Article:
If rooms could feel, the one room that would become many rooms felt an unjustified melancholy as I walked into it on March 18th. I looked different somehow. And even though the room didn’t yet understand how, it shared my subtle feeling of emptiness.

I cleared some space on a shelf to make way for some new plants. The plants in fact were old. They’d been happily bringing green life to a grey office when they’d just been made homeless. Now adjusting to their new environment.

My arms ached from carrying a mini version of myself home, living in the collection of things one would never think one needed at work, but would eventually have. The clear plastic box that contained mini Mae looked out of place dumped on the floor of this modern room, just as everything inside it was now out of place together in such a confined space.

Nile walked in behind me, “Shall we start?”

I folded into his arms.

“Don’t worry Mae, it’ll be an adventure, we’ll make it fun! Think about all of the extra time we’ll have together now we’re both going to be working from home.”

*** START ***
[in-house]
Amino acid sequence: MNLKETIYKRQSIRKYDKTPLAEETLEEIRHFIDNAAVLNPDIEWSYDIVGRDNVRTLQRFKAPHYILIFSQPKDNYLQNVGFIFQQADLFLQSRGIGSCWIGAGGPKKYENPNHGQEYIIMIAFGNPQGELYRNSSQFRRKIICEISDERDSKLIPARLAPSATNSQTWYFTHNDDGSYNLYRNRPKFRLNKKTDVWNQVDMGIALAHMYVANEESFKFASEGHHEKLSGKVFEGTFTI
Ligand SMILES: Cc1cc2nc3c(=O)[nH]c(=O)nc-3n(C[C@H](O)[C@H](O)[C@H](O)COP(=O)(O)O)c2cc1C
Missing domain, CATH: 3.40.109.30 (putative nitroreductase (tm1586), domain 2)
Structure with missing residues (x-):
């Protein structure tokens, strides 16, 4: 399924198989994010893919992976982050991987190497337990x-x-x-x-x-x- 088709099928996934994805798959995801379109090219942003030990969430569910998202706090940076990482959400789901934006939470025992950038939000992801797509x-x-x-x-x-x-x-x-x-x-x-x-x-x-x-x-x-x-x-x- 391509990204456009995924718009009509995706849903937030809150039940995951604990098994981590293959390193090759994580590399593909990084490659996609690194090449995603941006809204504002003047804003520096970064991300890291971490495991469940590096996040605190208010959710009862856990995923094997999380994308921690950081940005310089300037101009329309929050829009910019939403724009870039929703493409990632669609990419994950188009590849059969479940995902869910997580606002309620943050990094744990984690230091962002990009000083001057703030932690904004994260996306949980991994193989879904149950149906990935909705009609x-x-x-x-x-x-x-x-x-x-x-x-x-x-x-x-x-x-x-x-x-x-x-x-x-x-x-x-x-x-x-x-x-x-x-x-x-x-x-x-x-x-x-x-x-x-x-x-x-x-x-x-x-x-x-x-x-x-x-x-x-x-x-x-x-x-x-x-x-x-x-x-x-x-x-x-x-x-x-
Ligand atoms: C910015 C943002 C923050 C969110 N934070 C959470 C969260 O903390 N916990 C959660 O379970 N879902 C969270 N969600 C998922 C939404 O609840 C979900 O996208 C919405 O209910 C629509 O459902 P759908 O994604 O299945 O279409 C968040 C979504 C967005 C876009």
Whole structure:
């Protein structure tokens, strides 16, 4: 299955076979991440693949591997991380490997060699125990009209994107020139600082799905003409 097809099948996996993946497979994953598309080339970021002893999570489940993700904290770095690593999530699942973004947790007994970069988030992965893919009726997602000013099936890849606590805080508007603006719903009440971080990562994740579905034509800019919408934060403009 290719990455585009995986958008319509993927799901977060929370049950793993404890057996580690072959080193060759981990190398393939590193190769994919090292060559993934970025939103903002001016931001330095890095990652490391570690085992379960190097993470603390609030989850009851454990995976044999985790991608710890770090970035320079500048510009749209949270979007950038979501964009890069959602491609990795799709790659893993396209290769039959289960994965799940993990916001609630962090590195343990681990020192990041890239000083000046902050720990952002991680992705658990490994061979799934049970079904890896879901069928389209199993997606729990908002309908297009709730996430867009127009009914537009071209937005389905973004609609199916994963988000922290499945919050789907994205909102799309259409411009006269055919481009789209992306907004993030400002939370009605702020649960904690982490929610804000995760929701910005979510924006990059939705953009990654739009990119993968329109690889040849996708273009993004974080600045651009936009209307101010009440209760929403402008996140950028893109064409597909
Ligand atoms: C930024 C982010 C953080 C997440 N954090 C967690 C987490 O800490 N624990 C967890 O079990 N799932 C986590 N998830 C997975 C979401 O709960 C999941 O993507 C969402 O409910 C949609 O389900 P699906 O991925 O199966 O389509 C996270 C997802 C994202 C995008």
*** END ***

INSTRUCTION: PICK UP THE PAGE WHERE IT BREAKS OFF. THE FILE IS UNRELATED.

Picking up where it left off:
“But what about the wedding?”

“We might still be able to get married, you never know! We just have to wait and see. You know I’m so excited for you to be my wife. We’ll figure it out.”

Reading this you might think Nile is the optimist. That’s his role in our relationship. You would be wrong. Neither of us can always be the optimist, the one who’s always got the answers. However, we always seem to become what the other needs. The way two dancers might float around each other, moving in harmony, creating space for both to shine, but also holding each other up when needed. Well I needed it then. And as I melted into his arms, the world melted away from me, leaving us alone, just me and him, in our Dining Room.